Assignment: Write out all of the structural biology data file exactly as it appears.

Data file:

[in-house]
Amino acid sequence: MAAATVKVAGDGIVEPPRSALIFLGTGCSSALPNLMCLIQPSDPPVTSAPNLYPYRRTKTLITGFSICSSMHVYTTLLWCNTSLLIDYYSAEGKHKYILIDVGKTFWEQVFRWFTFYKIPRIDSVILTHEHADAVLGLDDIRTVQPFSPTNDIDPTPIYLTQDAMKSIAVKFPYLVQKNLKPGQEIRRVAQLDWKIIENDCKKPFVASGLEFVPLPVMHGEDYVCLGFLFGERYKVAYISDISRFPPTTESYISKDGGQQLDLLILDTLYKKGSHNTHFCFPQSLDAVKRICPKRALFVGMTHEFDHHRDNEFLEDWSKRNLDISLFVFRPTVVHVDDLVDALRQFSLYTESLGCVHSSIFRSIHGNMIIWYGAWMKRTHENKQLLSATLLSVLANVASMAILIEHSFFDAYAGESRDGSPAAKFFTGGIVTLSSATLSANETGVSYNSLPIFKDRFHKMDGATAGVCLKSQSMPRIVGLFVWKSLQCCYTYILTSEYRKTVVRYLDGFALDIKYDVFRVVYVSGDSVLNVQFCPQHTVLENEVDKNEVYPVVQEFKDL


[in-house]
Amino acid sequence: MAAATVKVAGDGIVEPPRSALIFLGTGCSSALPNLMCLIQPSDPPVTSAPNLYPYRRTKTLITGFSICSSMHVYTTLLWCNTSLLIDYYSAEGKHKYILIDVGKTFWEQVFRWFTFYKIPRIDSVILTHEHADAVLGLDDIRTVQPFSPTNDIDPTPIYLTQDAMKSIAVKFPYLVQKNLKPGQEIRRVAQLDWKIIENDCKKPFVASGLEFVPLPVMHGEDYVCLGFLFGERYKVAYISDISRFPPTTESYISKDGGQQLDLLILDTLYKKGSHNTHFCFPQSLDAVKRICPKRALFVGMTHEFDHHRDNEFLEDWSKRNLDISLFVFRPTVVHVDDLVDALRQFSLYTESLGCVHSSIFRSIHGNMIIWYGAWMKRTHENKQLLSATLLSVLANVASMAILIEHSFFDAYAGESRDGSPAAKFFTGGIVTLSSATLSANETGVSYNSLPIFKDRFHKMDGATAGVCLKSQSMPRIVGLFVWKSLQCCYTYILTSEYRKTVVRYLDGFALDIKYDVFRVVYVSGDSVLNVQFCPQHTVLENEVDKNEVYPVVQEFKDL